This is a guest post from veteran Agile UX coach Anders Ramsay who’ll be visiting Crisp in March.
In a traditional UX practice, there tends to be a strong focus on whole product design. In other words, we want to integrate all the features of a product into a unified and coherent experience, before we can consider the design work to be done.
Big Design Up-Front is like growing a tree in a “wireframe nursery” before planting it in the real world of working software.
But if you are taking this approach in designing the user experience, and you’re also part of an Agile team, then that might be a major reason why you’re struggling to integrate your UX practice into an Agile model.
Why is that? Well, trying to do a whole-product design will of course take a lot of time, meaning you’re delaying the point when developers become actively involved. And by actively, I mean either directly participating in the design or building some part of the product. While there are many aspects to integrating Agile and UX that are challenging, the design of this first release continues to be a particularly stubborn obstacle. It means that, while the developers on your team may be Agile, you’re still stuck in a Big Design Up-Front world.
One common attempt at shortening the time of up-front design work is the practice of designing an “MVP,” or a Minimum Viable Product. Now, I am a huge proponent of MVPs. But the problem with MVPs is that most teams seem to focus on the M and P and sort of ignore the whole “Viable” thing. In other words, MVP design becomes a somewhat absurd exercise in creating a supposed minimal product with a supposed minimal feature set, when in the end you’re actually just designing the, um, product. The only real difference is that you’re calling what you’re doing an “MVP.”
But what if you want to work in a way that really integrates with how (Agile) developers work? One place to start is to take a more organic approach to the product design. As Chris Pine, author of the seminal book Learn to Program, writes: “A program is not built; it is grown.”
While a traditional UX design commonly is presented as a fully formed product, this is not how software actually is made, especially in Agile circles. Instead you build one feature end-to-end and then you deploy it. (Yes, this is a broad generalization, and I skipped a lot of stuff like testing and integration.) The deployment part is very important because it allows for all kinds of insights that do not reveal themselves in a local environment.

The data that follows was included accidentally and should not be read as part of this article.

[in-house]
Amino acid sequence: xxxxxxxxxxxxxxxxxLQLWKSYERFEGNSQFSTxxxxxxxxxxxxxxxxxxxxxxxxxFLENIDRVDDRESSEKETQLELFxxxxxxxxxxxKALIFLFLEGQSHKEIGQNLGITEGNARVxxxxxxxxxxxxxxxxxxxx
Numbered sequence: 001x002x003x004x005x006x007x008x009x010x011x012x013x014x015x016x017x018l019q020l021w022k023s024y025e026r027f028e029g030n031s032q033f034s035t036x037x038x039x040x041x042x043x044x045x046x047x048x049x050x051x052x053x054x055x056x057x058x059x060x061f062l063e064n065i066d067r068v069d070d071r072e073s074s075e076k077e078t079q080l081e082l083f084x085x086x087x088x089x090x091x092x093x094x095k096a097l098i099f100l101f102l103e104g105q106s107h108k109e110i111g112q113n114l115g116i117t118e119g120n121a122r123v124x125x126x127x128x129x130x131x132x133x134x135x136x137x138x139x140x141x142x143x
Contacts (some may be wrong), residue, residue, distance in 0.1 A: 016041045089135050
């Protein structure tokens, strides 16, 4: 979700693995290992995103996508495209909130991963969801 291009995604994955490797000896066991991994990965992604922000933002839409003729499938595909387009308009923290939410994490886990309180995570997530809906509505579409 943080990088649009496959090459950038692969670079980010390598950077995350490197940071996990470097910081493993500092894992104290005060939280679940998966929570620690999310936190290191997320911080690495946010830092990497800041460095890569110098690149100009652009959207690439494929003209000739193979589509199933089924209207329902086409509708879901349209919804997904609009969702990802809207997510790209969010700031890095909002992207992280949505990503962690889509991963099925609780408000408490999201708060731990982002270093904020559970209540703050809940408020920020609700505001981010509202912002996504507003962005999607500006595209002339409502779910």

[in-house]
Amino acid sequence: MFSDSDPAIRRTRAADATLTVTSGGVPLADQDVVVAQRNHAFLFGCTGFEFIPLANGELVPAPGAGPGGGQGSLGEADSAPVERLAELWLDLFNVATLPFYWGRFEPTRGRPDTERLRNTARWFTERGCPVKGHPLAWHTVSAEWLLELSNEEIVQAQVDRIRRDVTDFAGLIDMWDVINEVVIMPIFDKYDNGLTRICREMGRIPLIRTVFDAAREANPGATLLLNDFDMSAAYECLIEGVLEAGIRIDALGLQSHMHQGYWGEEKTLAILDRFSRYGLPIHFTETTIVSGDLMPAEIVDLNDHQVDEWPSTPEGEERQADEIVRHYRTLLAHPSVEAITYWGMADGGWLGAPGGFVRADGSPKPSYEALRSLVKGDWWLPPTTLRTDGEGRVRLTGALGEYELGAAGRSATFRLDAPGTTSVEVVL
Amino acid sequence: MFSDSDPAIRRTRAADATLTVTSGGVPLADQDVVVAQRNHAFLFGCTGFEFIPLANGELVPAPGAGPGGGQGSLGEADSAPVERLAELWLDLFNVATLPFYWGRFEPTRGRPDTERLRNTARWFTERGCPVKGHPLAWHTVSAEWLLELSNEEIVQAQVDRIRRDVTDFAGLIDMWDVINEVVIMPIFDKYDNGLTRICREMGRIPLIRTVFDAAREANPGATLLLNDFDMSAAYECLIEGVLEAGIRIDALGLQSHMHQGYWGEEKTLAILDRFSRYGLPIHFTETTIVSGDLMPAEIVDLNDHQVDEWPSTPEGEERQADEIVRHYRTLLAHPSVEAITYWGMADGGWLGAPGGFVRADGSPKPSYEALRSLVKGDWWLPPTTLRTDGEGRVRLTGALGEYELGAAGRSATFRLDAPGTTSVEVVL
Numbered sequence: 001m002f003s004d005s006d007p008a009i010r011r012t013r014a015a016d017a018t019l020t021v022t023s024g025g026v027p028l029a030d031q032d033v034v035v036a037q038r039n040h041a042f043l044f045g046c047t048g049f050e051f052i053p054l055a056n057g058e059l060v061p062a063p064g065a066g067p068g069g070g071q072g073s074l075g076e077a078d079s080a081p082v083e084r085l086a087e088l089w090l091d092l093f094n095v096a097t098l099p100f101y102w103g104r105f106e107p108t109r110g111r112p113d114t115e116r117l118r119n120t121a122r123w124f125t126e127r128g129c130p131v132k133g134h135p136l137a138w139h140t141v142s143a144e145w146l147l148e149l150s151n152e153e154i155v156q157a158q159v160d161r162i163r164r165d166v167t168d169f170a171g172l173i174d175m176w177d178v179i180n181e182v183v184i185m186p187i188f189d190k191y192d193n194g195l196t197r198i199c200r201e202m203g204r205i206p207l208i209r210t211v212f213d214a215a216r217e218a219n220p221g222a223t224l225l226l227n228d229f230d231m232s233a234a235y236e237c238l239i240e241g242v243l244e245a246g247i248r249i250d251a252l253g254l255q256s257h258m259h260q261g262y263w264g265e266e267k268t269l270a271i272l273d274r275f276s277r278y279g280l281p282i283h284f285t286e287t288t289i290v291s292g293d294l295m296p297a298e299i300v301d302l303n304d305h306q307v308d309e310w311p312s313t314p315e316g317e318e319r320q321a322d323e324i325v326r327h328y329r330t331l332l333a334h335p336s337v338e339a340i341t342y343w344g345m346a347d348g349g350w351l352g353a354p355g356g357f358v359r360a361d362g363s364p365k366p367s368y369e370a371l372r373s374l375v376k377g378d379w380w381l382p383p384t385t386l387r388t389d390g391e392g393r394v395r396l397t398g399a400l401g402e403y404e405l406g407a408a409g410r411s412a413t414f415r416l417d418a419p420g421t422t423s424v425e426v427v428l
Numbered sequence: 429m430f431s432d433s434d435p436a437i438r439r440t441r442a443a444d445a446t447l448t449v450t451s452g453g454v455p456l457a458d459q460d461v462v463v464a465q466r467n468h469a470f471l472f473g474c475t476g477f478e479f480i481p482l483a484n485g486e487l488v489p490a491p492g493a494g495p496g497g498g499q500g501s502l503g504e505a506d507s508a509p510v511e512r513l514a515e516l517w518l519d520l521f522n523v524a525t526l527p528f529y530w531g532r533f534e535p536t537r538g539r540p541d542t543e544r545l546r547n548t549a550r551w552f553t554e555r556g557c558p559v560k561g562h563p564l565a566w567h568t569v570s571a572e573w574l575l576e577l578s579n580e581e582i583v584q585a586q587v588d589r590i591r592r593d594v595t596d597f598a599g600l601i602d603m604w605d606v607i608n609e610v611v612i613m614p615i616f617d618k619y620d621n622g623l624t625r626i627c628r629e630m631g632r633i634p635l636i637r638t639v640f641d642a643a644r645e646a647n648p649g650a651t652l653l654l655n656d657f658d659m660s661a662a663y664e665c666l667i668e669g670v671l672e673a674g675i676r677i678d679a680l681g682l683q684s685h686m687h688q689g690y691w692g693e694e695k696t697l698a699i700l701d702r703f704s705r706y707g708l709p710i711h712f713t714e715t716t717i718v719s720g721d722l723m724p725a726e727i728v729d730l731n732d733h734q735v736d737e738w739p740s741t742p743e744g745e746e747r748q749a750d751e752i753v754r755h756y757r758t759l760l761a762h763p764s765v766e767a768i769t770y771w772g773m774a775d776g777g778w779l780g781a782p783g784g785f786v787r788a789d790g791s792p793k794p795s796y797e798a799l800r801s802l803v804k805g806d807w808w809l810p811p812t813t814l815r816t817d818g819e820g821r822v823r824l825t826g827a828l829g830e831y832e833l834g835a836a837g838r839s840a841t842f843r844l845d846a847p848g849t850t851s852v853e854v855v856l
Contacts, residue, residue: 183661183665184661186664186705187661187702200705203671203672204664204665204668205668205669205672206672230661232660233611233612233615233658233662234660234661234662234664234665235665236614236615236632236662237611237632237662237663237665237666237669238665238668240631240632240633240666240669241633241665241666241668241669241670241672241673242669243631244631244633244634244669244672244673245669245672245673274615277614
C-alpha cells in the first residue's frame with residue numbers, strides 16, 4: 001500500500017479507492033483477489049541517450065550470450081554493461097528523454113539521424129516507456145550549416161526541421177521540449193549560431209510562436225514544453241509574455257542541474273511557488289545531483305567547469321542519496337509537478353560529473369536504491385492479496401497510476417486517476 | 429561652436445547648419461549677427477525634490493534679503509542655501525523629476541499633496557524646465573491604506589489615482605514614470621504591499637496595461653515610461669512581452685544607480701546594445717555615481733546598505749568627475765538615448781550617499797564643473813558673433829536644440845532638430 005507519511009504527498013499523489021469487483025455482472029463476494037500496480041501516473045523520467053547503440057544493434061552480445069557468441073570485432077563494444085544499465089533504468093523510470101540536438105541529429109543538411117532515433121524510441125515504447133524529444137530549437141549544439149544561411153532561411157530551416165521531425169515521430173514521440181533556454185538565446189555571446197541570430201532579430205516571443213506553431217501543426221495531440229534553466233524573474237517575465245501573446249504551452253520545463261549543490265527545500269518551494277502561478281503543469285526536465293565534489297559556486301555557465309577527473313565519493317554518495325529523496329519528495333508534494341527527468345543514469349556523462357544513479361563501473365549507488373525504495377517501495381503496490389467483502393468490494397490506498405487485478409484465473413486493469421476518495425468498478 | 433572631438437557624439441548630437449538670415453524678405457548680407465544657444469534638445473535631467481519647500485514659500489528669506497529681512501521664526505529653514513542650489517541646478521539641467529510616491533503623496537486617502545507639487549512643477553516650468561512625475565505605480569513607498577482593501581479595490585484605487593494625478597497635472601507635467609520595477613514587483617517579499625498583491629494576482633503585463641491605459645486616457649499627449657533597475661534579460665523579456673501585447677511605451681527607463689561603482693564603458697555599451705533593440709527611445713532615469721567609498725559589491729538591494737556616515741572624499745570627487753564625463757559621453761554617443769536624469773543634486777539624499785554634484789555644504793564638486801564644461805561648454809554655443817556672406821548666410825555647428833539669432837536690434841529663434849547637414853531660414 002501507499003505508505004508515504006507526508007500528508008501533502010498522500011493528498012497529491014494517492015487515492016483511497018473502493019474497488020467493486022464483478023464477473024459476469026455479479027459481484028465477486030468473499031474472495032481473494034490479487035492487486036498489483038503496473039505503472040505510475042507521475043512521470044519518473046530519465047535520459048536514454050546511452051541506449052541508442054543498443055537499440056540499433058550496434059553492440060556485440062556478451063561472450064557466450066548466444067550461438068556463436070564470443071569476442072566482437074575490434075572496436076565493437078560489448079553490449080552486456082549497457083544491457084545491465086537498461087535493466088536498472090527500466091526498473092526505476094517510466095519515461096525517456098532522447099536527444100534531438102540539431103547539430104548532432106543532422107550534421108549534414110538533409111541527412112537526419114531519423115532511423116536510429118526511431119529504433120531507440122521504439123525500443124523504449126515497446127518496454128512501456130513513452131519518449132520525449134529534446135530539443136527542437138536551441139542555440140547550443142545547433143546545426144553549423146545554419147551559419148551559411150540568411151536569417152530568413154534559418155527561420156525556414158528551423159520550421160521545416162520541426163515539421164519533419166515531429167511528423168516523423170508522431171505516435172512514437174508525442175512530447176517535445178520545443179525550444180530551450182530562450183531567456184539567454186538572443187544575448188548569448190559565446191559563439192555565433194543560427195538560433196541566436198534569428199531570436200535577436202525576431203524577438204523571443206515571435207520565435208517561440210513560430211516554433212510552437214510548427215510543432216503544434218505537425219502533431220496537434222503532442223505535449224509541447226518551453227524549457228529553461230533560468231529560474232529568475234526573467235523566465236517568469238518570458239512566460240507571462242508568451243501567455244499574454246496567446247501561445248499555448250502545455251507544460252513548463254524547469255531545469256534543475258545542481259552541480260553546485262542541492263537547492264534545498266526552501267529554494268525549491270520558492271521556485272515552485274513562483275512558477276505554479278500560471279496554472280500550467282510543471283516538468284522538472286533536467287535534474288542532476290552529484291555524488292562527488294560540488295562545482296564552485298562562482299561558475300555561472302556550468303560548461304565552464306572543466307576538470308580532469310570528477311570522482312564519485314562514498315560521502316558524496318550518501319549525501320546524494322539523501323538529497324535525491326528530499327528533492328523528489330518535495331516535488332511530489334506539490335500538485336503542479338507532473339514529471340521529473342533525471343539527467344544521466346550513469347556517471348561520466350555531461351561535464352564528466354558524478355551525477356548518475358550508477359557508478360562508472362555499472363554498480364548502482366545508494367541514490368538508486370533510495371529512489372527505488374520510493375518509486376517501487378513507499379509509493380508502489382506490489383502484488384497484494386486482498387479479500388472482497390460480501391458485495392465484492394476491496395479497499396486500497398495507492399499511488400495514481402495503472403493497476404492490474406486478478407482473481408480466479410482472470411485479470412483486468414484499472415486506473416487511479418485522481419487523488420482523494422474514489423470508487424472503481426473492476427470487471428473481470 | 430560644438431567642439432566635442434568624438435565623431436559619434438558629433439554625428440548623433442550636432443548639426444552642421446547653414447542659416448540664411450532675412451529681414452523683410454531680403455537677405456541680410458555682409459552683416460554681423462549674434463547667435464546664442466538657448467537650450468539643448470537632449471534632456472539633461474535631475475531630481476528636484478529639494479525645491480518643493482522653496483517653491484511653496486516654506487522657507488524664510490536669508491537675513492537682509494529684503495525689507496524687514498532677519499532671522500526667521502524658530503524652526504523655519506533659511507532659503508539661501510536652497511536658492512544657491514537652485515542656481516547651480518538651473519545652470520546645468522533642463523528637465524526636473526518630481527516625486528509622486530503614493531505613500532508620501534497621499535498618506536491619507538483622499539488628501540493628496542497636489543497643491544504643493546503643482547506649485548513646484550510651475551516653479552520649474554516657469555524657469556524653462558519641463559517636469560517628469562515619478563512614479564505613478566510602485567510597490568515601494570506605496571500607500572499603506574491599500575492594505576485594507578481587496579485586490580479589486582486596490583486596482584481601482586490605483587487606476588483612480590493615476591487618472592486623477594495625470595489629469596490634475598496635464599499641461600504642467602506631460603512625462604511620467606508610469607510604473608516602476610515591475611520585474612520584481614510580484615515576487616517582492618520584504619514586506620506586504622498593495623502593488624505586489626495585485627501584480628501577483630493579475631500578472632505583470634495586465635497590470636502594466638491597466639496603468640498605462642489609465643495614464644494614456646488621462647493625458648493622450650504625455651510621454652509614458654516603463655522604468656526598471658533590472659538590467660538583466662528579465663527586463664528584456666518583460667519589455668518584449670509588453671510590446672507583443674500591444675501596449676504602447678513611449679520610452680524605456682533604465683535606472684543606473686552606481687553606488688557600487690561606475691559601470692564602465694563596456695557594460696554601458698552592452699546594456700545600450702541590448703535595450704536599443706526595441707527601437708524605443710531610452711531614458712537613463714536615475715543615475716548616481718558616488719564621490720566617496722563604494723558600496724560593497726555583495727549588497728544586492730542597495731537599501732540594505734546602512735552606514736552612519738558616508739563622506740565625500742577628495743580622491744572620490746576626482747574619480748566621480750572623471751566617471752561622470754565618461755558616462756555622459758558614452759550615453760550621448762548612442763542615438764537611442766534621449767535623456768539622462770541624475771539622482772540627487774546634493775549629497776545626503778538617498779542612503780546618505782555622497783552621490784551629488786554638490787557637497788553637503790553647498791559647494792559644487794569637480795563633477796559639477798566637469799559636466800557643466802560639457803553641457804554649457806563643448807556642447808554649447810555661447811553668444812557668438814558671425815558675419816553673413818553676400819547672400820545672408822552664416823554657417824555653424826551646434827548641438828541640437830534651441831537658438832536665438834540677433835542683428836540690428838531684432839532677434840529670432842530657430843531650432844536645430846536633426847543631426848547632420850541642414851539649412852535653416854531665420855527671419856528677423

So if you’re a UX designer, here’s the deal: if you want to work effectively on an Agile team, you need to work in a way that is compatible with how software actually is made generally and with how Agile developers work specifically.
One very powerful way to do that is to shift your approach away from designing the whole product to instead designing just one or maybe two features, and then shepherding that design through to deployment. By doing so, you have moved development work to be much earlier in the project lifecycle. The working software that has shipped can now serve as the seed out of which remaining features can grow.
With a One-Feature Release, we quickly ship a seed version of the whole product, out of which additional features can grow.
If you’re a traditional UX designer, this idea might sound a bit odd, and maybe even a little scary. How can you design a product with just a couple features in it?
Let’s look at an example.
Let’s say you are working on a Personal Shopper app for a major department store chain. A major business goal of the product is to offer assistance to customers in the context of wherever they find themselves in the store. For example, maybe they want to do a price check. Or maybe they want to find products related to an item they are looking at. And, of course, a top goal of the app is to increase product sales.
As usual, the client has a laundry list of desired features. Here are a few:
- A-Z Product directory: Search/browse a list of all products in the store, and get a location and description of the product.
- Contact customer service: Eg via chat, phone, mail. Also, show me where customer service stations are located in the store.
- Flash discounts: maybe something in the store is 50% off for the next hour.
- Items related to this item: Scan an item and get a list of related items and where they are located in the store.
- Is item in stock? If a shelf is empty, scan the a barcode on the shelf and find out when an item will be back in stock.
- List of current discounts, coupons: List everything currently on sale in the store (same as is already available in physical leaflets) and include barcodes for use during checkout. Make some discounts exclusive to the app?